On the way, he sang with his Apostles Israel’s psalms of liberation and redemption, which evoked the first Passover in Egypt, the night of liberation. Now he goes, as was his custom, to pray in solitude and, as Son, to speak with the Father. But, unusually, he wants to have close to him three disciples: Peter, James and John. These are the three who had experienced his Transfiguration – when the light of God’s glory shone through his human figure – and had seen him standing between the Law and the Prophets, between Moses and Elijah. They had heard him speaking to both of them about his “exodus” to Jerusalem. Jesus’ exodus to Jerusalem – how mysterious are these words! Israel’s exodus from Egypt had been the event of escape and liberation for God’s People. What would be the form taken by the exodus of Jesus, in whom the meaning of that historic drama was to be definitively fulfilled? The disciples were now witnessing the first stage of that exodus – the utter abasement which was nonetheless the essential step of the going forth to the freedom and new life which was the goal of the exodus. The disciples, whom Jesus wanted to have close to him as an element of human support in that hour of extreme distress, quickly fell asleep. Yet they heard some fragments of the words of Jesus’ prayer and they witnessed his way of acting. Both were deeply impressed on their hearts and they transmitted them to Christians for all time. Jesus called God “Abba”. The word means – as they add – “Father”. Yet it is not the usual form of the word “father”, but rather a children’s word – an affectionate name which one would not have dared to use in speaking to God. It is the language of the one who is truly a “child”, the Son of the Father, the one who is conscious of being in communion with God, in deepest union with him.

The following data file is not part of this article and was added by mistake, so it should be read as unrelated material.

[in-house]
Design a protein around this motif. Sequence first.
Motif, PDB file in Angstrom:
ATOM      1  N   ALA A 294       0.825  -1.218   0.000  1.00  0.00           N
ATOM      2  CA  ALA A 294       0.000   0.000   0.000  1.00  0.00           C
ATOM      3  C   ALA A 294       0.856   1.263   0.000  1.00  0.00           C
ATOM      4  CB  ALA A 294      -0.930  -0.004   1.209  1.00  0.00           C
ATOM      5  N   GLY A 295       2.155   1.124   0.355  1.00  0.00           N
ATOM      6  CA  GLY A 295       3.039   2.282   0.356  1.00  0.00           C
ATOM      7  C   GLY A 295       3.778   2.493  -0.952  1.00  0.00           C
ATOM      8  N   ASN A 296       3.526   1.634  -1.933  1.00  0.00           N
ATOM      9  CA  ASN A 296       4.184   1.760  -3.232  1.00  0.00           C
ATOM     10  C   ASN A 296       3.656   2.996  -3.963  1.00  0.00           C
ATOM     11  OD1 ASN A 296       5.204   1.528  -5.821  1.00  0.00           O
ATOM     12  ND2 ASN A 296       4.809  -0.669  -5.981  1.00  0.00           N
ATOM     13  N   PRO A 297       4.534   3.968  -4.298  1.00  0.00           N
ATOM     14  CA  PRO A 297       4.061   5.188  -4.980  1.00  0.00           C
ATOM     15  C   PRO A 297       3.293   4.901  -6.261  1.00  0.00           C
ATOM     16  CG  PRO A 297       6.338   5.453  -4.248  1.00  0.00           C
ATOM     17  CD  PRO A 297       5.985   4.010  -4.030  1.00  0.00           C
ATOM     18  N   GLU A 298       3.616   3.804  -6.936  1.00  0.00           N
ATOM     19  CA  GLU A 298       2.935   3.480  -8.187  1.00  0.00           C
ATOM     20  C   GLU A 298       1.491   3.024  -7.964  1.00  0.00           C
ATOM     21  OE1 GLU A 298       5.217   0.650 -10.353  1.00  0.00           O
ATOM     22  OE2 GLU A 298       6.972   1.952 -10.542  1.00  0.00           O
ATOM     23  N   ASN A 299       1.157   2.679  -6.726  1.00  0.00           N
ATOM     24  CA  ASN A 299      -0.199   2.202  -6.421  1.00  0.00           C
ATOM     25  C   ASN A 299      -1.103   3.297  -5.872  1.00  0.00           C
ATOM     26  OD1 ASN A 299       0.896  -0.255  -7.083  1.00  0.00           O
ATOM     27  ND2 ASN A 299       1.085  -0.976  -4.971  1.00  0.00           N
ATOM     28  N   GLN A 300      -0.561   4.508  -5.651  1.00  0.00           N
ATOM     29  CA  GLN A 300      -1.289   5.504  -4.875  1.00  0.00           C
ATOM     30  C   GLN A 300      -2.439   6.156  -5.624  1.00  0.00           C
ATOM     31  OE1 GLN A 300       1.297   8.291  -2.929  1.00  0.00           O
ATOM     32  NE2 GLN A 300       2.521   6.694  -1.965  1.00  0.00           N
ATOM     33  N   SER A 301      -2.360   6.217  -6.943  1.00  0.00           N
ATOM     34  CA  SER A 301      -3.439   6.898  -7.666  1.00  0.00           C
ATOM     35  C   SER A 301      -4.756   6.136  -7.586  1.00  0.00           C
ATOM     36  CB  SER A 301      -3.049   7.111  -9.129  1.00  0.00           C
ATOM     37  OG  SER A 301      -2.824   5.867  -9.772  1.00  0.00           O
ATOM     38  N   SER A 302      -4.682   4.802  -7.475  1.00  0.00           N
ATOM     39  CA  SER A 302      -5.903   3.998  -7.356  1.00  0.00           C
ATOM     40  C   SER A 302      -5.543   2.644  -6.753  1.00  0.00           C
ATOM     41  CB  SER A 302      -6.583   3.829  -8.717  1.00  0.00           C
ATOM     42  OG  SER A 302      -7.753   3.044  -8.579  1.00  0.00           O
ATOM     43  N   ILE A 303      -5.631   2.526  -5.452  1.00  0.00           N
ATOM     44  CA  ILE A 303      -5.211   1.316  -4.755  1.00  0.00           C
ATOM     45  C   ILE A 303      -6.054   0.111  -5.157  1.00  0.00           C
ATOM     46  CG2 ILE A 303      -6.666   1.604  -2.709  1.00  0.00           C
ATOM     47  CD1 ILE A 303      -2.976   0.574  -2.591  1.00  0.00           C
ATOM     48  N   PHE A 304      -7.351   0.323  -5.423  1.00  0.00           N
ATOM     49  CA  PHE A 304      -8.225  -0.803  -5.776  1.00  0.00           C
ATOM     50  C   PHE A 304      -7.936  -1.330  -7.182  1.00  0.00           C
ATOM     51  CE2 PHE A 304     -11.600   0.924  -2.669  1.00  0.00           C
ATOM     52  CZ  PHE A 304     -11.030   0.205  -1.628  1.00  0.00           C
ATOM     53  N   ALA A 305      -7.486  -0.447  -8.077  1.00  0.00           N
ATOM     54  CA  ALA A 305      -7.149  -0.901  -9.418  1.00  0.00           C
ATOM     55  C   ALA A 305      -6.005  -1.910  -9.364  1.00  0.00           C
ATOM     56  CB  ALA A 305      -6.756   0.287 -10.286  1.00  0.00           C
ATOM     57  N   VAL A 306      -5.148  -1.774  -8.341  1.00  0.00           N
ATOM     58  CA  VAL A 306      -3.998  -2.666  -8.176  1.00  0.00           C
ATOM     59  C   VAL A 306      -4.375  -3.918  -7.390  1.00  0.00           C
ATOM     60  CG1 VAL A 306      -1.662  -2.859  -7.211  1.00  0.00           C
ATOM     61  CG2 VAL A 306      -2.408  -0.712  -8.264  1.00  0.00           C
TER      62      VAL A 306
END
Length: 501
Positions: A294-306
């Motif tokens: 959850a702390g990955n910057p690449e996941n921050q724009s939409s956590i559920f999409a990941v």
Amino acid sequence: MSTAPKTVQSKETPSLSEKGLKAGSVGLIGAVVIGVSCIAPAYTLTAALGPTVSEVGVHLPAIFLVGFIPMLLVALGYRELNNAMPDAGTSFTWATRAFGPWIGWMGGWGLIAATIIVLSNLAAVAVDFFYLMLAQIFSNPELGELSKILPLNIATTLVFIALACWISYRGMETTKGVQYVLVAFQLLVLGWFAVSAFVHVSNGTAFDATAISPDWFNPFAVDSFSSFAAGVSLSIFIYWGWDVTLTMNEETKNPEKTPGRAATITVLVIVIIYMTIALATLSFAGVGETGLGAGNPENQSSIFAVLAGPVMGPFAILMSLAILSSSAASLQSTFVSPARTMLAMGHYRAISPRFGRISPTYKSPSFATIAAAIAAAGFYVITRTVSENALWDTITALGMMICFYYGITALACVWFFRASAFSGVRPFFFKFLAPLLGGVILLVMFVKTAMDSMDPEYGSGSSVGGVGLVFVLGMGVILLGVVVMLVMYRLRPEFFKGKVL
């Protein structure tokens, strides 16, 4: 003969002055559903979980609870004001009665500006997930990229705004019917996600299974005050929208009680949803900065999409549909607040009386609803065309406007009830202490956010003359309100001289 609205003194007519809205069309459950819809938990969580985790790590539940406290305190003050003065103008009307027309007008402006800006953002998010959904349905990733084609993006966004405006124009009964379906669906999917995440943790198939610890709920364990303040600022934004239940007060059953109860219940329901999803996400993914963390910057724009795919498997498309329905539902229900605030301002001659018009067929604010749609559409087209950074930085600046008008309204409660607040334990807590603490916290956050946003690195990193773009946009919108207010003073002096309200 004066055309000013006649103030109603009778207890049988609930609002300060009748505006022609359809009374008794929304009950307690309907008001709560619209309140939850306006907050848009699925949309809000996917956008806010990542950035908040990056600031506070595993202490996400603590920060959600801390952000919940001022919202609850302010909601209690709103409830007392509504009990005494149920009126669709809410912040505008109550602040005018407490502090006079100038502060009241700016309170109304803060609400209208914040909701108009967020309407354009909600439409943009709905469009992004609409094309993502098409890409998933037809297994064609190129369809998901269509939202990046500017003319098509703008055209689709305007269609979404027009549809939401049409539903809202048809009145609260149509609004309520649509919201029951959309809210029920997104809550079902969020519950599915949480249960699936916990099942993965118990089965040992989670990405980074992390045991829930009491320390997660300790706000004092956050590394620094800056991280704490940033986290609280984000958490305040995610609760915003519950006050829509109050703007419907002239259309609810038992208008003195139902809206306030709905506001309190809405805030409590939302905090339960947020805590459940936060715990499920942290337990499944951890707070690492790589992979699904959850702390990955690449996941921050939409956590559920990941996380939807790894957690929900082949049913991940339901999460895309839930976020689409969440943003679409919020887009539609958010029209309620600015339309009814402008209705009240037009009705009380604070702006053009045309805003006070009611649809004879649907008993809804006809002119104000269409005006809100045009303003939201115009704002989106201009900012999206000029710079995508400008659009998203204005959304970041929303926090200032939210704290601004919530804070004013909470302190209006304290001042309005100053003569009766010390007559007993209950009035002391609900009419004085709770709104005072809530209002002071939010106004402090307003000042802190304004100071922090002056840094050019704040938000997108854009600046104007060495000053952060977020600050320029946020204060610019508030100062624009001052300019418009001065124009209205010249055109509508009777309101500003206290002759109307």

Jesus struggles with the Father. He struggles with himself. And he struggles for us. He experiences anguish before the power of death. First and foremost this is simply the dread natural to every living creature in the face of death. In Jesus, however, something more is at work. His gaze peers deeper, into the nights of evil. He sees the filthy flood of all the lies and all the disgrace which he will encounter in that chalice from which he must drink. His is the dread of one who is completely pure and holy as he sees the entire flood of this world’s evil bursting upon him. He also sees me, and he prays for me. This moment of Jesus’ mortal anguish is thus an essential part of the process of redemption’.